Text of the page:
Climate change and impact austerity take their toll
(9 August 2021) These last weeks hundreds of forest fires have ravaged Greece, Turkey and hit many other countries including Finland, Italy, several countries on the Balkans and Russia. Firefighters and other first responders, emergency and medical workers are in the frontline to save lives, homes and communities. Some lost their lives seeking to save the lives of others. Our thoughts are with them, their families and comrades. We express our solidarity with the firefighters and the unions, with the public service workers and the thousands of volunteers who try to get the fires under control. The damage that is caused to people’s homes, to workplaces and to nature is immense. The lives of ten of thousands are uprooted. Thousands have been evacuated including refugees and asylum seekers.
Firefighters from across Europe are assisting their colleagues through the EU Civil Protection Mechanism. Firefighting aeroplanes are mobilised and deployed in Albania, Greece, Italy, North Macedonia and Turkey. They are part of rescEU, the European reserve of civil protection assets. We wish them strength and courage in their dangerous work.
These fires come weeks after the terrible impact of the floods that hit Belgium and Germany, as well as the Netherlands and other countries in which many lost their lives. The floods damaged homes, workplaces and a broad range of public infrastructures (like road, rail, electricity, waste disposal, water… ) Firefighters and other public service workers were assisting and are still working to deal with the aftermath.
We have to ask about the causes, how we respond and prepare. As to the direct causes investigations are ongoing and some fires seem to have been started by humans. On a deeper level one of the principal causes is climate change. It makes extreme weather events more frequent and more severe. One the one hand we have heat waves like currently in Greece and Turkey and droughts that make forest fires more frequent and intense. On the other hand, we see extreme rainfall causing more regular and severe flooding. This is confirmed by the International Panel on Climate Change. It just published its report on Climate Change 2021: the Physical Science Basis, the Working Group I contribution to the Sixth Assessment Report. With sea level rise, it underlines that coastal regions will experience more extreme events as well. More needs to be done to ensure global warming remains within the limits of the Paris agreement.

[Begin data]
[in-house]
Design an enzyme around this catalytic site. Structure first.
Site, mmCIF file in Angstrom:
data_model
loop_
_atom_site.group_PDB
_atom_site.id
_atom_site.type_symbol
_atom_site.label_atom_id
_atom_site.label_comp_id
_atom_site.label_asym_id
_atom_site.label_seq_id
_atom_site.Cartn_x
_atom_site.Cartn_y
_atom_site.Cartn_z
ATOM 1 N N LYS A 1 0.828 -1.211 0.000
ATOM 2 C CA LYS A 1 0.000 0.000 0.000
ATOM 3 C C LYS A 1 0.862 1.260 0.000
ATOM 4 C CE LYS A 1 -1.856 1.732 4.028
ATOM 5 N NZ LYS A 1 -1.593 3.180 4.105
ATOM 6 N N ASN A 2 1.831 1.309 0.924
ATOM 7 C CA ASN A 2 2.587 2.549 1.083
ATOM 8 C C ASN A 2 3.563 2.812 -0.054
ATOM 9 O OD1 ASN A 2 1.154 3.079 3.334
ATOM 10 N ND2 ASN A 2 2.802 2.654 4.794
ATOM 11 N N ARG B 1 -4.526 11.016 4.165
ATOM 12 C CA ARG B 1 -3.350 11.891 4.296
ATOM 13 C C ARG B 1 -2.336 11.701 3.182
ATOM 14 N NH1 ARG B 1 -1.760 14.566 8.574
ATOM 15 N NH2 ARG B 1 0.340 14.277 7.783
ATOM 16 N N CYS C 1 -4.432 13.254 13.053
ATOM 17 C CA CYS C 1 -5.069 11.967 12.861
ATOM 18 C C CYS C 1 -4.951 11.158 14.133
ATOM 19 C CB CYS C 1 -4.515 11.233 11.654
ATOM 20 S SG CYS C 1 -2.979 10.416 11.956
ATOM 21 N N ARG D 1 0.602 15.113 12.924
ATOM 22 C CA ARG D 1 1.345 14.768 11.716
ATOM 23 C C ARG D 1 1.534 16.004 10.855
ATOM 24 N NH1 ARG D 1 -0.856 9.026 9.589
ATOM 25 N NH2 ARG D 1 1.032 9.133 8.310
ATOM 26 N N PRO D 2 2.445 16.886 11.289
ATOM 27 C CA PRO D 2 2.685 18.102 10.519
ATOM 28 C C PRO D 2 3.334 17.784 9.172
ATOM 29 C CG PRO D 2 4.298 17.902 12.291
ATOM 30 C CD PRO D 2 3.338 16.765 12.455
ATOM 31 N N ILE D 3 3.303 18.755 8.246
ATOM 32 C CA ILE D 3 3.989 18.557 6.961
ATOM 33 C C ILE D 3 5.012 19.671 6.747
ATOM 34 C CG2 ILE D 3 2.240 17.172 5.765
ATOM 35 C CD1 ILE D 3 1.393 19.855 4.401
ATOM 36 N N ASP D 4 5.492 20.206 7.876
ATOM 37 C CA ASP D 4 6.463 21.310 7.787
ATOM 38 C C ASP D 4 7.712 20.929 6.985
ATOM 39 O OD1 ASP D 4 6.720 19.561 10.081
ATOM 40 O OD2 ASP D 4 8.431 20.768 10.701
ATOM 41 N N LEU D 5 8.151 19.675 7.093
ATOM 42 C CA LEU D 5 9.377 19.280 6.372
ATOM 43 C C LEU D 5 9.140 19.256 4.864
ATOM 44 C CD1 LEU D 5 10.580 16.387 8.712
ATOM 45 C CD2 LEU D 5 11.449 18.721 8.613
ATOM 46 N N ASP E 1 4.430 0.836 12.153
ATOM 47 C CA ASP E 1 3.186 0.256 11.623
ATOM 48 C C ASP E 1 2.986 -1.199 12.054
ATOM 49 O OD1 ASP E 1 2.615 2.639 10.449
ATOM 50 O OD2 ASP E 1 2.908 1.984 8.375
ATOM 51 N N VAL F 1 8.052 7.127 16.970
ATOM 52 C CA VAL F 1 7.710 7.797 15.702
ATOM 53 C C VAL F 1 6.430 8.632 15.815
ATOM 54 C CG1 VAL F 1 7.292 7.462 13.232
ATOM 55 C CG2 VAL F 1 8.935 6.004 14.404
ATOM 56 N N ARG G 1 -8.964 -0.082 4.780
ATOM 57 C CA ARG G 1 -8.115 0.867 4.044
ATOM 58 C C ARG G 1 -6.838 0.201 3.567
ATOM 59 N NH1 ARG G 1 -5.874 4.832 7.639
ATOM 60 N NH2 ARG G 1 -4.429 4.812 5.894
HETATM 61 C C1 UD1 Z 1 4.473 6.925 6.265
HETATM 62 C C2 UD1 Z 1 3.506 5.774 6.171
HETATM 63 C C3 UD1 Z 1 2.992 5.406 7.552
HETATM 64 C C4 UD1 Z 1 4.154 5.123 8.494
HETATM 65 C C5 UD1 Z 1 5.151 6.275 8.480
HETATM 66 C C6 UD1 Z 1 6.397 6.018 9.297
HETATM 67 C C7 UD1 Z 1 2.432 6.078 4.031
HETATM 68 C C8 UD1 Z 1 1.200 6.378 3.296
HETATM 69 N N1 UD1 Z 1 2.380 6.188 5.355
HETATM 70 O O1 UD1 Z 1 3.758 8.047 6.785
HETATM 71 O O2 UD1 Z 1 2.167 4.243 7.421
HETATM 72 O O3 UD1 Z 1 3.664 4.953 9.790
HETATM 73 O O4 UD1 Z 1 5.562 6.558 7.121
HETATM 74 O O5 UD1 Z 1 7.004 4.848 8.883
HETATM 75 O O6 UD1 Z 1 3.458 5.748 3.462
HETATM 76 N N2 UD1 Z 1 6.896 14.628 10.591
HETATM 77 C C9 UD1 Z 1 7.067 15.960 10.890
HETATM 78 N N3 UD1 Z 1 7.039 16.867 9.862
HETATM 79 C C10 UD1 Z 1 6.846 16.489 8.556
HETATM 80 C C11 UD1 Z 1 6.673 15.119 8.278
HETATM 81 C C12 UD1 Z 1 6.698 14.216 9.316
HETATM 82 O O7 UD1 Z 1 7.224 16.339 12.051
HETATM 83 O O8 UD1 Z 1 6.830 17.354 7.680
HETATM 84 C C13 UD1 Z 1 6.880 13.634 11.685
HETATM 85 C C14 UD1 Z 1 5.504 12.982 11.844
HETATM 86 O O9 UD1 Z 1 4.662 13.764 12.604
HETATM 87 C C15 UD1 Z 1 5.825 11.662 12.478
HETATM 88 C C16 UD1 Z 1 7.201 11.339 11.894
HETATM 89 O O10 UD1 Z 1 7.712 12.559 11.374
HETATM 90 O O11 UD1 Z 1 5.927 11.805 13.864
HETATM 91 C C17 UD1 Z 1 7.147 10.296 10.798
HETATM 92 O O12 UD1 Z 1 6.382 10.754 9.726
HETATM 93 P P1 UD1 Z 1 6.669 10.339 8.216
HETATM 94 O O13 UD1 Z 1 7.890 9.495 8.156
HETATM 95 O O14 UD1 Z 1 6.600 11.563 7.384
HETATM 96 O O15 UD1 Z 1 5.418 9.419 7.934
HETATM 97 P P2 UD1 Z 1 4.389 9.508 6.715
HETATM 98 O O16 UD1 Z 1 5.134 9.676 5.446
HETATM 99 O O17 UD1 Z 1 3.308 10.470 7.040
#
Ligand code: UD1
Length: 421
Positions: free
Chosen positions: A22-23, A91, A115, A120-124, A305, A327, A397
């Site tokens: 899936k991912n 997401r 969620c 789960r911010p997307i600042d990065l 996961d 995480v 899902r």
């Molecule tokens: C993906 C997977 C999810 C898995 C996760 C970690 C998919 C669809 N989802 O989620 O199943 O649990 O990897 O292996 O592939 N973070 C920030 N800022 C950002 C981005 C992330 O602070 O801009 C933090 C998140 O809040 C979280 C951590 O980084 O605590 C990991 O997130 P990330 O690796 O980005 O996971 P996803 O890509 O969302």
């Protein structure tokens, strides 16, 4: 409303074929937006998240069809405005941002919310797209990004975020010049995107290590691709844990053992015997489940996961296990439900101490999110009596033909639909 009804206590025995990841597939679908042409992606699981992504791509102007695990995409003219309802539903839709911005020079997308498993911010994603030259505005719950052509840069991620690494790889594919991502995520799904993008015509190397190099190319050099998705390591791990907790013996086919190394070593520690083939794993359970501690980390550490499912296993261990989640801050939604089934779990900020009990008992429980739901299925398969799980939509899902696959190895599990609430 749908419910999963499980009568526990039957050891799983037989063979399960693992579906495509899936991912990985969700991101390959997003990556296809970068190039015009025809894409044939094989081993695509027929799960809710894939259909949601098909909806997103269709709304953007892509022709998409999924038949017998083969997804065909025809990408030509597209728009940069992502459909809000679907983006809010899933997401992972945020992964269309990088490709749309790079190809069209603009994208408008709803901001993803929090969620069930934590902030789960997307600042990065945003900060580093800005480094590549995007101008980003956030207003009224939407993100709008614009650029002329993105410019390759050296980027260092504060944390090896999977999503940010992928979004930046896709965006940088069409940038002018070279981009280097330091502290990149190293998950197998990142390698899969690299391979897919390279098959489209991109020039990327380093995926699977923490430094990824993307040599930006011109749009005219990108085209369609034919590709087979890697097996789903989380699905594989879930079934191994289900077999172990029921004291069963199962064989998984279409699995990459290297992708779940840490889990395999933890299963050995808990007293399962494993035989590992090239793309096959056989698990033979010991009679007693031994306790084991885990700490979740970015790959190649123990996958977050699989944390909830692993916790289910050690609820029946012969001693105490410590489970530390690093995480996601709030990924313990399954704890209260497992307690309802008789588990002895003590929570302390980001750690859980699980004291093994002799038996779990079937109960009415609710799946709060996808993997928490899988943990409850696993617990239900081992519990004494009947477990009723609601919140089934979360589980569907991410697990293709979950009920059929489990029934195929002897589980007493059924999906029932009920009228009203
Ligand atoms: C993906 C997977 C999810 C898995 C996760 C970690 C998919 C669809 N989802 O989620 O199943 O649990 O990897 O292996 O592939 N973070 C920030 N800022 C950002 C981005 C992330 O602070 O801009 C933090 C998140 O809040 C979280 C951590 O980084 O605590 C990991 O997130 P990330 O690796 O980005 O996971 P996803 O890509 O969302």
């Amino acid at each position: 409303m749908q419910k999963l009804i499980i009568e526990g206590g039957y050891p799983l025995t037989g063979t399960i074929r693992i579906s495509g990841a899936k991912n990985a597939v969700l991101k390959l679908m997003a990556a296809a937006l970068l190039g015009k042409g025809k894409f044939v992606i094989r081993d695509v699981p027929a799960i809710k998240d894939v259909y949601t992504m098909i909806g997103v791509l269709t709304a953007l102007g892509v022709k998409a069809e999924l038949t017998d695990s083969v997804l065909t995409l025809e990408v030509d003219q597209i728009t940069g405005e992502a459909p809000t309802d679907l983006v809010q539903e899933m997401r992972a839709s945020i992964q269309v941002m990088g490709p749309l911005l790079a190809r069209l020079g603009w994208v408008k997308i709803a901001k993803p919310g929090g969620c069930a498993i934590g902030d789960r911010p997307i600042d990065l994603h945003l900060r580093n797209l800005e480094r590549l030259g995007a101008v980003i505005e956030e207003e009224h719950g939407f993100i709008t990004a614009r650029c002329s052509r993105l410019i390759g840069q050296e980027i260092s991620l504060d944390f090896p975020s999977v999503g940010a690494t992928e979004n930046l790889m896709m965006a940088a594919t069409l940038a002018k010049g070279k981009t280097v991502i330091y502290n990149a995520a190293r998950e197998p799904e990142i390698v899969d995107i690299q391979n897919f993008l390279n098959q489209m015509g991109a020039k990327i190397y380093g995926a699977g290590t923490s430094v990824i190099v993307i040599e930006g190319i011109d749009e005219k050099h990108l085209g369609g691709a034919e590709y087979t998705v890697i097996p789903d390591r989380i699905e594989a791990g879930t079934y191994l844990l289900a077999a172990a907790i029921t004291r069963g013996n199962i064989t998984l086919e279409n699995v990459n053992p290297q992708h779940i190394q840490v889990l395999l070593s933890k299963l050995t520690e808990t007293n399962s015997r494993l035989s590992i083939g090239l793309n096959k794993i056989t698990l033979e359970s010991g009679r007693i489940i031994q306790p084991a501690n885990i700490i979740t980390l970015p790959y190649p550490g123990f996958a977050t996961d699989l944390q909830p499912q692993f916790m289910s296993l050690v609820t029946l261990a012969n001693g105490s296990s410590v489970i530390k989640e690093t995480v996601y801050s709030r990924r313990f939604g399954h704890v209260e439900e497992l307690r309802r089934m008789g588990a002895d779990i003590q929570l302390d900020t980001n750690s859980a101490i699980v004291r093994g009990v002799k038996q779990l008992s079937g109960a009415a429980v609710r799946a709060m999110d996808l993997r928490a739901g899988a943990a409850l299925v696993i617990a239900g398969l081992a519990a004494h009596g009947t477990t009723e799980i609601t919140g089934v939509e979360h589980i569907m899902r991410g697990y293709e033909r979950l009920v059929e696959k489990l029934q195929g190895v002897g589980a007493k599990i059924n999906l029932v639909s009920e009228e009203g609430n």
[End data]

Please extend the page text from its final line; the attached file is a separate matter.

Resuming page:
As to how we respond and prepare, EPSU fully supports the need for Green and Social Deals at national as well as European and global levels, ensuring that workers and communities are not left behind and the transformation is just and profound. Mitigating the impact and preventing global warming is the way forward. We have to question how are economic system is functioning as we need a new direction that puts people and our planet before profits. It does mean that more public investment is needed and including in fire services to be able to adapt. We can not leave our firefighters and our public service workers without the means to tackle the problems.
EPSU has underlined how austerity policies have undermined the ability of public services to respond. If fire services are starved of funding, stations are closed, and there is not sufficient investment in trucks, planes and firefighters, peoples and our communities are less protected. If we do not invest in adaptation and develop national and European strategies for public services to prepare for the impact of climate change, the costs will be much higher. It is therefore appalling that some European governments are discussing how new austerity policies can be imposed as soon as possible. EPSU, ETUC and others have made clear and including in the Future of Europe Conference that there can not be a return to austerity. We need a new vision for our societies. This is the view EPSU/ PSI, TUED, ITUC will bring forward to the upcoming COP 26 which will look at the progress to address climate change.
For more information
International Panel on Climate Change August 2021 scientific report “Climate change widespread, rapid, and intensifying”
Impact of austerity on public services – eg. This ILO Study
Paris agreement goal “Holding the increase in the global average temperature to well below 2°C above pre-industrial levels and pursuing efforts to limit the temperature increase to 1.5°C above pre-industrial levels, recognizing that this would significantly reduce the risks and impacts of climate change”. For more on the Paris agreement and the United Nations Framework Convention on Climate Change
But the assessment report of the national measures (national determined contributions) to address climate change underlines how far we are off from making serious progress to contain CO2 emissions. “Today’s interim report from the UNFCCC is a red alert for our planet. It shows governments are nowhere close to the level of ambition needed to limit climate change to 1.5 degrees and meet the goals of the Paris Agreement”